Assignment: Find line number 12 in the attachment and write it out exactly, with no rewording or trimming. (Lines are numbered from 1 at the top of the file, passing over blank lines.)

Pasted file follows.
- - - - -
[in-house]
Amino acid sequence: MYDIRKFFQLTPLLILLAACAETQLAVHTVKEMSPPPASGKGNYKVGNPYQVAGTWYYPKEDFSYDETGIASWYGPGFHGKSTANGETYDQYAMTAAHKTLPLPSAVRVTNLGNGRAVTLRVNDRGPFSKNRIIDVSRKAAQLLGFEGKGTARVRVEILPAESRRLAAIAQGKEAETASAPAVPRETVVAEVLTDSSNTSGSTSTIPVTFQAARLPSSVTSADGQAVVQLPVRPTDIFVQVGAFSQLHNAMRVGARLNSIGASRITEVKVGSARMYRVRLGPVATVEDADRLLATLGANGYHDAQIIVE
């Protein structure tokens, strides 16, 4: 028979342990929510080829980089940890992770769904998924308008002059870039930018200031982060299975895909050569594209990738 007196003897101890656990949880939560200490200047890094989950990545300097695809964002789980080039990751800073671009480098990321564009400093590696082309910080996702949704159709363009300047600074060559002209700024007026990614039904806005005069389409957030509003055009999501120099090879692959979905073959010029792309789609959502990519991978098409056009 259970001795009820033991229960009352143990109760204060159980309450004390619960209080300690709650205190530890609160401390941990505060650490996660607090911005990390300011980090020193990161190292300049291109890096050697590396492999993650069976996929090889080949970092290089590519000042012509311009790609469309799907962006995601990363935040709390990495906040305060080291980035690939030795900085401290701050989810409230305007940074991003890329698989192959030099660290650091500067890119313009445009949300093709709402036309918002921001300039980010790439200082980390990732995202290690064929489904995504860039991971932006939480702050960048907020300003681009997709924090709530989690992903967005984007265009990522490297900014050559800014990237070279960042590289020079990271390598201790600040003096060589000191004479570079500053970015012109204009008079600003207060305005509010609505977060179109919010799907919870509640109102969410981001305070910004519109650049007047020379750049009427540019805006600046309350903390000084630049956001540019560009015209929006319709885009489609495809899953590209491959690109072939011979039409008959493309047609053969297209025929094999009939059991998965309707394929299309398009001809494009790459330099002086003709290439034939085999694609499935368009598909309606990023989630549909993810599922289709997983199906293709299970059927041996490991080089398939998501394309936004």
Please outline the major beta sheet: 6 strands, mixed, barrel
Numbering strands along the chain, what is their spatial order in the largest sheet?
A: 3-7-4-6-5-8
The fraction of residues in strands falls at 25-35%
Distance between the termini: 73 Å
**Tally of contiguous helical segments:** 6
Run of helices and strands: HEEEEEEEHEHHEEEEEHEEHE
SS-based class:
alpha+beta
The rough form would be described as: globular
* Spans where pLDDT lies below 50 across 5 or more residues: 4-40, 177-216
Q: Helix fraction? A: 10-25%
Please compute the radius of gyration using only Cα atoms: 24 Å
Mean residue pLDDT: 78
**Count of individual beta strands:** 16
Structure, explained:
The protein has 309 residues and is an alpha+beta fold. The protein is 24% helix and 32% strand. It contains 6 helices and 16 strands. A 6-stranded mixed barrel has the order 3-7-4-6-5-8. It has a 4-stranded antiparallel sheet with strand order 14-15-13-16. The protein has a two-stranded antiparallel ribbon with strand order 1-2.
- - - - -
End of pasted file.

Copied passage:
alpha+beta